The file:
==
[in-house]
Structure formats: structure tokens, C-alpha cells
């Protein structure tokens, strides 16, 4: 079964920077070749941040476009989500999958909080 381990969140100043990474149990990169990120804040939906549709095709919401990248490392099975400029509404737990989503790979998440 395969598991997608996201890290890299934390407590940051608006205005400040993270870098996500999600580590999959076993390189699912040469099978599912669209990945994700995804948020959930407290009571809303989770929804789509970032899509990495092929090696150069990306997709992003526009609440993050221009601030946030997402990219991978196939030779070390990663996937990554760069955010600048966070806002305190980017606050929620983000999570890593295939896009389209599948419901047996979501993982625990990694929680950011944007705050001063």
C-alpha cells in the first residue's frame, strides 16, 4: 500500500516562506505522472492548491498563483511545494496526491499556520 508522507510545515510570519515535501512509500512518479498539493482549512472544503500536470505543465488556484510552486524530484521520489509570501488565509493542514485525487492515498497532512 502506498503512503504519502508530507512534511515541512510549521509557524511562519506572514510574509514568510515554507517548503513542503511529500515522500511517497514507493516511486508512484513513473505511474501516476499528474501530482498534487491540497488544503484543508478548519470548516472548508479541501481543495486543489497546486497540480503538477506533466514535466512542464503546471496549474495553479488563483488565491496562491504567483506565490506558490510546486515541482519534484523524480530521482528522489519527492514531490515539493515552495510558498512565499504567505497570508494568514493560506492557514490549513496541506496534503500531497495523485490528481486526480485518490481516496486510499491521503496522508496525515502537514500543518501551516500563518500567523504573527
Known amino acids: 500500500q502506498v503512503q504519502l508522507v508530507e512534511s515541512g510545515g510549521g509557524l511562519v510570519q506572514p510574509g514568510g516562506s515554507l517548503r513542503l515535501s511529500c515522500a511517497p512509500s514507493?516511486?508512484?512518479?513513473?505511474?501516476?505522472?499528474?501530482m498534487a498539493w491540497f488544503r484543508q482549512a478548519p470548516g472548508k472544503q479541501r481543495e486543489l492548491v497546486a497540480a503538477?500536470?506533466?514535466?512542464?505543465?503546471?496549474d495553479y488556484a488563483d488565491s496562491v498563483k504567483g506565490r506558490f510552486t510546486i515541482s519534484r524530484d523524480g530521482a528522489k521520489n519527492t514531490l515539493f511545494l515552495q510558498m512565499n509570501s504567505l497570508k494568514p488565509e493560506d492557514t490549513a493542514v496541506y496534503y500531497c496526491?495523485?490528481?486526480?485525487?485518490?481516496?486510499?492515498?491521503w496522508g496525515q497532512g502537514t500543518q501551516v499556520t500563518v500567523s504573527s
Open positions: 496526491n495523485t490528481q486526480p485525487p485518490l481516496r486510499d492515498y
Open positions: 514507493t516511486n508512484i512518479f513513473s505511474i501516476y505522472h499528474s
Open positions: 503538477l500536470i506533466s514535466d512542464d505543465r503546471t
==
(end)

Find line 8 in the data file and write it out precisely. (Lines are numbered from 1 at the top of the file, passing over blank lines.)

Open positions: 503538477l500536470i506533466s514535466d512542464d505543465r503546471t